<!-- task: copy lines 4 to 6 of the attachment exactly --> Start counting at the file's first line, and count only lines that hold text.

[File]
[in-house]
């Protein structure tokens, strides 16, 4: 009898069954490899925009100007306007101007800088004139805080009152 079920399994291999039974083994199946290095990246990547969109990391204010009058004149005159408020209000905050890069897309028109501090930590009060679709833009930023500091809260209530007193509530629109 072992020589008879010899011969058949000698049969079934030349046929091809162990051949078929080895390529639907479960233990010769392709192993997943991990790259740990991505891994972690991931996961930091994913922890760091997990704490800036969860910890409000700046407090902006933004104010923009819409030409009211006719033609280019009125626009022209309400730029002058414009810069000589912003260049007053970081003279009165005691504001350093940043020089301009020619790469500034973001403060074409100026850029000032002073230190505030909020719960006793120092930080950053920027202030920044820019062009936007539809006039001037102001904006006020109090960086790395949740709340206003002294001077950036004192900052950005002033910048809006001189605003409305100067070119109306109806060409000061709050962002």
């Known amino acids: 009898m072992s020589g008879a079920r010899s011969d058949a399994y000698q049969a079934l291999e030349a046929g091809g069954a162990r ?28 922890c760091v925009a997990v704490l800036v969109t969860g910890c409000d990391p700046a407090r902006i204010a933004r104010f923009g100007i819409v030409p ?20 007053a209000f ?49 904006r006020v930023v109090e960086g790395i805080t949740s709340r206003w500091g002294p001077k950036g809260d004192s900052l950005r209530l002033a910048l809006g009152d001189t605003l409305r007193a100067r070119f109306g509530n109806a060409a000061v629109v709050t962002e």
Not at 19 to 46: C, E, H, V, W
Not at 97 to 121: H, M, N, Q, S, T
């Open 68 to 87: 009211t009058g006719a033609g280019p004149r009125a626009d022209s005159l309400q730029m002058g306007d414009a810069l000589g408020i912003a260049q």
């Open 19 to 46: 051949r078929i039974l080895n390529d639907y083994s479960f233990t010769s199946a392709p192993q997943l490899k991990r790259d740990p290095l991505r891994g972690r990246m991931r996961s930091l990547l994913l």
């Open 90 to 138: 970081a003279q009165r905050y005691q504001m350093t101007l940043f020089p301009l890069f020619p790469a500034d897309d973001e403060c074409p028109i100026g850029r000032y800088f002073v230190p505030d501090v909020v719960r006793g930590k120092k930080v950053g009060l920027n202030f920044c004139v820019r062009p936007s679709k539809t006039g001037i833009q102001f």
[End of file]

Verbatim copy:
Not at 19 to 46: C, E, H, V, W
Not at 97 to 121: H, M, N, Q, S, T
């Open 68 to 87: 009211t009058g006719a033609g280019p004149r009125a626009d022209s005159l309400q730029m002058g306007d414009a810069l000589g408020i912003a260049q």